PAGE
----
What is Dashi?

The basis of miso soup, Algae Soup, and Pale Broth is humble dashi.

Dashi is a kind of savory broth unique to Japanese cuisine. It can be made from dried shiitake mushrooms, dried bonito flakes called katsuobushi, dried sardines called iriko or niboshi, or dried kelp called kombu. Often, dashi is made from a combination of these ingredients! 

Once made, either from scratch or using premade powders or packets, chefs and cooks use it in soups, simmered dishes, stews, hot pots, noodle dishes, sauces, or as seasoning in other recipes.

The dashi used in our Algae Soup and Pale Broth is made from just kombu. The kelp used to make kombu is a kind of algae, and so felt appropriate as the basis of these recipes. Kombu dashi on its own has a very interesting flavor: mineral and briny, like the ocean, but with none of the accompanying fishiness you find with seafood.

Before this gets brought up, yes, I know kombu is actually “brown algae,” not green or white. Let’s extend our imaginations for a hot minute, okay?

What is Miso?

Miso, at its most basic, is a fermented soybean paste. 

First mentioned in the Heian Period (794-1185 CE)–though it may be older than that, depending on different sources–it was originally part of the wages of nobles. It became more and more popular among farmers and merchants as soybean cultivation increased, and continued its trajectory through battlefields, urbanization, and modern manufacturing techniques to become a seminal part of Japanese cuisine.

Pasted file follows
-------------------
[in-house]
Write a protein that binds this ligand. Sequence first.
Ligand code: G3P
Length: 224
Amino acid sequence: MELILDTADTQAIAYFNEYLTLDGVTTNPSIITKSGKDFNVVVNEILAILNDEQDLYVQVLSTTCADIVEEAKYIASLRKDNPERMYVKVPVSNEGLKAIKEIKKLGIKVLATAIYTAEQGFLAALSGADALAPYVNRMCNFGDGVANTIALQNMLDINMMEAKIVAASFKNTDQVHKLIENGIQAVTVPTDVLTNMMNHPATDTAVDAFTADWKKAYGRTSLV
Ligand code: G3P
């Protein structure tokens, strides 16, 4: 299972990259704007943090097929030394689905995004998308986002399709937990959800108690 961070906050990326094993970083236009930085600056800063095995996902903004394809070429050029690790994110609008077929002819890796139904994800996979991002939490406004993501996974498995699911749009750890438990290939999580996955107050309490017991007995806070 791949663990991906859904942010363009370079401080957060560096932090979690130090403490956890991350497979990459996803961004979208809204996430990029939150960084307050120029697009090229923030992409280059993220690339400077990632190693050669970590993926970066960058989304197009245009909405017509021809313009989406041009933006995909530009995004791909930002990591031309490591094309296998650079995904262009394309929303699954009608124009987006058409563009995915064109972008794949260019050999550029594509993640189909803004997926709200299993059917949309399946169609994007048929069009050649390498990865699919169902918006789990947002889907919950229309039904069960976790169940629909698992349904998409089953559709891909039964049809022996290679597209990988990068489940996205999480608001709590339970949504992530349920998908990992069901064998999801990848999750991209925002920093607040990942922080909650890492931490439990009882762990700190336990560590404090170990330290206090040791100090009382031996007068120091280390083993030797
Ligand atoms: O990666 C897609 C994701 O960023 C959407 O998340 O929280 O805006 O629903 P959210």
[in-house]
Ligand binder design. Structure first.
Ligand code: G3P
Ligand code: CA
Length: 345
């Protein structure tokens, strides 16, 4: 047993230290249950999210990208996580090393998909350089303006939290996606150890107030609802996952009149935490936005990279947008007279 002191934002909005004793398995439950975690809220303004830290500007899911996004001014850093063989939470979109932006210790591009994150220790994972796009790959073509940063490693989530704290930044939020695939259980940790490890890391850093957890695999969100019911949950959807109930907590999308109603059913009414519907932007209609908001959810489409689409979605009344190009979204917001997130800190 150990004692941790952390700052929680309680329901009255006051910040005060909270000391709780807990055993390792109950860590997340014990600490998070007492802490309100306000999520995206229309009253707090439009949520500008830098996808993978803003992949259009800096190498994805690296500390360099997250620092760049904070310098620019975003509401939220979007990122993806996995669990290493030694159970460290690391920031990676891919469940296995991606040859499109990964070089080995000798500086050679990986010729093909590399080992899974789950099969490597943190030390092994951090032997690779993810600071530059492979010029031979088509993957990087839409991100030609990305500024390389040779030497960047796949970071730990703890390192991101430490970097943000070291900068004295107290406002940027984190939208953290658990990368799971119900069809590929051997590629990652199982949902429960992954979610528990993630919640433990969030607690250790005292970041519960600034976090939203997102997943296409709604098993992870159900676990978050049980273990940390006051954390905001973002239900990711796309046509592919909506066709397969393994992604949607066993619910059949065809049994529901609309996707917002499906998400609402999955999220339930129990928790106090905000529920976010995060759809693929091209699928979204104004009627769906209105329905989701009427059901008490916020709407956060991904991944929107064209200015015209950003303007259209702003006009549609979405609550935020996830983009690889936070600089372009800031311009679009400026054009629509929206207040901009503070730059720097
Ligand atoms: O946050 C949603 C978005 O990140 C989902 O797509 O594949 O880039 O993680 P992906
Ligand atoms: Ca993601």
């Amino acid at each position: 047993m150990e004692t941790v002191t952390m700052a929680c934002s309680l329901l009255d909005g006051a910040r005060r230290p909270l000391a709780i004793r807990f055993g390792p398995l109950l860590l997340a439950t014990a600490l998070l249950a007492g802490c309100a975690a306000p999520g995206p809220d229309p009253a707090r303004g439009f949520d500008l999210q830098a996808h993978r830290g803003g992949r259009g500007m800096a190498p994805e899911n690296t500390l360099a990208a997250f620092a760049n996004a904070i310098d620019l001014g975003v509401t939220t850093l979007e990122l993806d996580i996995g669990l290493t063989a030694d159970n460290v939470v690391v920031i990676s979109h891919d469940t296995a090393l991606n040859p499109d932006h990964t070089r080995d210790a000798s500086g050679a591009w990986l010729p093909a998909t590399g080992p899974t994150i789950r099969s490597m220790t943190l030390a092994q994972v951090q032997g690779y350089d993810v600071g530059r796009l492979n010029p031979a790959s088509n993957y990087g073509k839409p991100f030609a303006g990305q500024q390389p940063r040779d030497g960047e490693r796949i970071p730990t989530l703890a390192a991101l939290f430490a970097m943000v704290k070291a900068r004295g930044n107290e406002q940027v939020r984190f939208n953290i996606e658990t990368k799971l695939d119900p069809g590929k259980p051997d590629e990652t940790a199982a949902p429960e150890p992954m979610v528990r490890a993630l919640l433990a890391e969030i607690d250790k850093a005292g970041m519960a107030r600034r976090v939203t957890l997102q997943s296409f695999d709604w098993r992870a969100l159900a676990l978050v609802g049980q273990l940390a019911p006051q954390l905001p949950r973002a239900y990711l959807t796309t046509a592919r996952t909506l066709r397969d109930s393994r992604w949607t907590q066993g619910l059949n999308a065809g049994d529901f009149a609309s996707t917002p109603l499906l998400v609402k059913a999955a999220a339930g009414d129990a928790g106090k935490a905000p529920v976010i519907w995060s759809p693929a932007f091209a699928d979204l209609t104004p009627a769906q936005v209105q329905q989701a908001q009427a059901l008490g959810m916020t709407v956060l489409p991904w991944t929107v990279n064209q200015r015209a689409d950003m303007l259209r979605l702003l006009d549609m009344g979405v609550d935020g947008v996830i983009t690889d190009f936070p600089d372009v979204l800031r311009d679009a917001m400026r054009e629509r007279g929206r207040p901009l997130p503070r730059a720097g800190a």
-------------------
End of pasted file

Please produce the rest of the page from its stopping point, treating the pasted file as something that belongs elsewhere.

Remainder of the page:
All miso today still relies on a few ingredients: soybeans, koji, and salt. Koji is a kind of mold cultured on steamed grains, usually rice, barley, or more soybeans. The taste and appearance of miso can vary depending on the ratio of soybeans to koji, the type of soybeans and how they’re cooked, and whether or not the miso is stirred while it ferments.

White miso is the kind of miso we’ll use in both the Algae Soup and Pale Broth. It is lighter in color and sweeter and milder in flavor–thanks to the higher levels of koji-infused grains like rice or barley and a shorter fermentation time. Perfect for our purposes!